How to Recycle Tetra Paks

An Overview on Recycling Tetra Paks and Juice Boxes

How Tetra Paks are made

Tetra Paks are ubiquitous in our lives, used to carry everything from dairy to juice to food to wine. And just as they’re diverse in their uses, Tetra Paks are also diverse in how they’re made. Unlike milk cartons, which are made mostly of just paper and a little bit of plastic, consider all of the layers that go into producing a single Tetra Pak:

  • Polyethylene plastic layer #1 to protect against moisture from the outside
  • Paper layer to add stiffness and strength
  • Polyethylene plastic layer #2 for adhesion
  •  Aluminum foil layer as a barrier against oxygen, flavor loss, and light (to prevent nutrient loss)
  •  Polyethylene plastic layer #3 for adhesion
  •  Polyethylene plastic layer #4 to seal against leakage of liquid out of container

All of these layers make it possible to fill Tetra Paks with liquids and foods that can be stored without refrigeration for up to one year. But as you can imagine, all of these different layers also make Tetra Pak recycling rather difficult.

How Tetra Pak recycling works

With all of those layers, how do recycling facilities handle Tetra Paks? The process includes pulping the cartons by mixing them with water and adding heat and blending. This breaks down the components into a brown sludge at which point the aluminum and polyethylene components are separated from the paper fiber.

Each of the separate materials is then used to make new products - the cardboard is the main component recycled, and is made into things like egg boxes, paper bags, writing paper, tissue products, and envelopes. The aluminum and plastic are used for making new furniture, for energy generation systems, and other consumer goods. See the whole process in this informative video on Tetra Pak recycling.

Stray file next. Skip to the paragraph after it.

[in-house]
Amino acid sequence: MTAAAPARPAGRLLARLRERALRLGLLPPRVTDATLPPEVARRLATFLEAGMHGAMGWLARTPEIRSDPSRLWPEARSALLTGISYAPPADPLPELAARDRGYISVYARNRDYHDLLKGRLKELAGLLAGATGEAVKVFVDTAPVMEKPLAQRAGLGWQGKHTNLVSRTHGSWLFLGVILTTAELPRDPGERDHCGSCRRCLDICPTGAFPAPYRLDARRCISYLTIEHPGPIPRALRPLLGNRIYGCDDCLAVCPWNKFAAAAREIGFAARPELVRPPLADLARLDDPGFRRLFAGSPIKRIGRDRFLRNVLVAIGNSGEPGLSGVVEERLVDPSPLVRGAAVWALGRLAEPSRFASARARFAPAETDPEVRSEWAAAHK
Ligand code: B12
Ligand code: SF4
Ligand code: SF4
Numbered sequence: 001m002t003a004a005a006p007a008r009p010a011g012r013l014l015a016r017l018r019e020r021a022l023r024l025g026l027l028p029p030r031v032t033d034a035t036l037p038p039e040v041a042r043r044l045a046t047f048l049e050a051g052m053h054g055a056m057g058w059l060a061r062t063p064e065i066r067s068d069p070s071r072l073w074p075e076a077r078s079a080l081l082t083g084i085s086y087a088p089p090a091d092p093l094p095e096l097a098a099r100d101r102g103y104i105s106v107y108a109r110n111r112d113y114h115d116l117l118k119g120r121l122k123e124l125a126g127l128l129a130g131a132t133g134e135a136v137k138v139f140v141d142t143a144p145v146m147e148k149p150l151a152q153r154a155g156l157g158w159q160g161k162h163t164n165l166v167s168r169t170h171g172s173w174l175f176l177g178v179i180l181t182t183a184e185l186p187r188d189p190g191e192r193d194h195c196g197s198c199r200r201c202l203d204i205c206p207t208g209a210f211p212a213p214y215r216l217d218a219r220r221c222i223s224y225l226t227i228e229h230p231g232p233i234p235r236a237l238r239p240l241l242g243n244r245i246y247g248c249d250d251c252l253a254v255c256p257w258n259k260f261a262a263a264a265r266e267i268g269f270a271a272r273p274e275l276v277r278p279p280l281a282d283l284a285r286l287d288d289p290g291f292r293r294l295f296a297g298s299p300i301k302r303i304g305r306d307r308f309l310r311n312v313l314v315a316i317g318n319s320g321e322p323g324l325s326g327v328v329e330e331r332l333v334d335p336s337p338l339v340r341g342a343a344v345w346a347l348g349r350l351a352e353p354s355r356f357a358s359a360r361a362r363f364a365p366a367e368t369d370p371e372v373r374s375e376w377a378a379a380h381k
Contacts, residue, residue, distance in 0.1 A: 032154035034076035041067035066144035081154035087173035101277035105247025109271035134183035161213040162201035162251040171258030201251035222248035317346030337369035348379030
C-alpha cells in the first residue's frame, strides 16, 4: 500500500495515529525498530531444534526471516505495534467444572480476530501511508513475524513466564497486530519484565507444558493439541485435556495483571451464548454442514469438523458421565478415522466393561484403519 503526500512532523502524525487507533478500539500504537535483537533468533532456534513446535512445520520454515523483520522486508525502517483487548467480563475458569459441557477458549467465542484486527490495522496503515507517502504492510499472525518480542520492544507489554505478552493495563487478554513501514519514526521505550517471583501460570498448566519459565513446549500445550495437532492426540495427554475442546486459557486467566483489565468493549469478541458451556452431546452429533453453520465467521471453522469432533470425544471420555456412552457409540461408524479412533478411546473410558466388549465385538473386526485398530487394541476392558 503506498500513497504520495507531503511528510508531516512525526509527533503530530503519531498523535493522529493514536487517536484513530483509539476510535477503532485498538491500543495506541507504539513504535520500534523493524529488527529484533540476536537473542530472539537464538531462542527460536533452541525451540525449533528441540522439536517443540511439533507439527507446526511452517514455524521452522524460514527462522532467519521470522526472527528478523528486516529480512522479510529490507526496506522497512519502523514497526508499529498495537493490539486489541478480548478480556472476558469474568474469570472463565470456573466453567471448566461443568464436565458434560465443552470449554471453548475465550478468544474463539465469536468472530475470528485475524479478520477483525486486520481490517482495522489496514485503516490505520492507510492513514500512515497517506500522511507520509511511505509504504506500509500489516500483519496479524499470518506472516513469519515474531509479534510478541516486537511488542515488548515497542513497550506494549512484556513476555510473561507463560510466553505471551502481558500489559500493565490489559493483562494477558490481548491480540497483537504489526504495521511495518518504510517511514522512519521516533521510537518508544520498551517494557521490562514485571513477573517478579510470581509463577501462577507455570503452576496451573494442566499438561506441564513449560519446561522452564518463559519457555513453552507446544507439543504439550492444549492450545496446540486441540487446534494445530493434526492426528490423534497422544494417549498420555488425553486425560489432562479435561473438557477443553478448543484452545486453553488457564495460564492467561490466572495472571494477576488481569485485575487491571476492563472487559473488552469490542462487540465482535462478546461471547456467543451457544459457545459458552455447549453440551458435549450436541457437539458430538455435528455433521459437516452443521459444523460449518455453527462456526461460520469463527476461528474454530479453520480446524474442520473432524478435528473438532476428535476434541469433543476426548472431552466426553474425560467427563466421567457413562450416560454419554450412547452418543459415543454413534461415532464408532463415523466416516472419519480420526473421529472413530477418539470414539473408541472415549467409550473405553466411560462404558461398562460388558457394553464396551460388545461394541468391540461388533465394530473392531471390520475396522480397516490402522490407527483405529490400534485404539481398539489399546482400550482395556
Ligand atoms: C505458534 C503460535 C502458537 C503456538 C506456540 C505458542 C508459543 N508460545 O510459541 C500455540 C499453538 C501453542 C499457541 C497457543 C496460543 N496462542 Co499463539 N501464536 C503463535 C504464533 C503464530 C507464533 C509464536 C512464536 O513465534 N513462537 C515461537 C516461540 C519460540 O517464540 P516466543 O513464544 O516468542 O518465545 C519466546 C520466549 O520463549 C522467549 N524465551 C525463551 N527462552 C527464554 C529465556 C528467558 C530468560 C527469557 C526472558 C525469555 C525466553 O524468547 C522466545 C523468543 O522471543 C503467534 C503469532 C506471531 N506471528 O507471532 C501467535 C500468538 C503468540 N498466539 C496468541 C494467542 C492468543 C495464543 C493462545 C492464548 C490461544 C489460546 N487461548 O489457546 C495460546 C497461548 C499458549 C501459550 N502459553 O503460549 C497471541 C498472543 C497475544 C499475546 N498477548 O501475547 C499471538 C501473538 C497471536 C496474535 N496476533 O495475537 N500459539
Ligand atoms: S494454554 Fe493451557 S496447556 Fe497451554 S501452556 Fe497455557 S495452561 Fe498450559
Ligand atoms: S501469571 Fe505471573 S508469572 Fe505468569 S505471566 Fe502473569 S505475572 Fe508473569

But the recycling process starts with you. Though Australia and many European countries have been into recycling juice boxes and other aseptic cartons for years, North American countries are still working out the kinks of Tetra Pak recycling with only 20% of US households with access to Tetra Pak recycling facilities.[1}]ecently, several leading carton makers joined the Carton Council to make it easier for consumers to recycle these food containers.

Whether you live in the US or in Britain, here are the general things you can do to recycle your Tetra Paks:

  • Curbside recycling: Look first for a curbside option by contacting authorities of your community recycling program to see if Tetra Paks can be included in your blue bin. If you’re required to separate the various components of your Tetra Paks from one another, check out this helpful, step-by-step instructable on deconstructing Tetra Paks.
  • Drop off recycling: When curbside recycling isn’t an option, there may be drop-off recycling centers accepting Tetra Paks for recycling. Our recycling database has a wealth of options across the globe.

Reduce consumption of Tetra Pak products

If you’re not able to recycle Tetra Paks in your community, than it’s a really good idea for you to limit how many you consume. Otherwise, you’ll be sending more trash to the landfill than is really necessary. You can do this by looking for packaging that is reusable or recyclable:

  • Look for milk and juice that’s sold in plastic jugs or glass jars
  • Choose canned food over that sold in Tetra Paks
  • Go for glass bottles when buying wine

And of course, speak your mind! Consumers have a lot of influence with corporations, so let Tetra Pak know that you’re avoiding their packaging until they find a way to make recycling available to everyone.



Too good for the garbage can . (n.d.). Retrieved July 16, 2010, from Tetra Pak:

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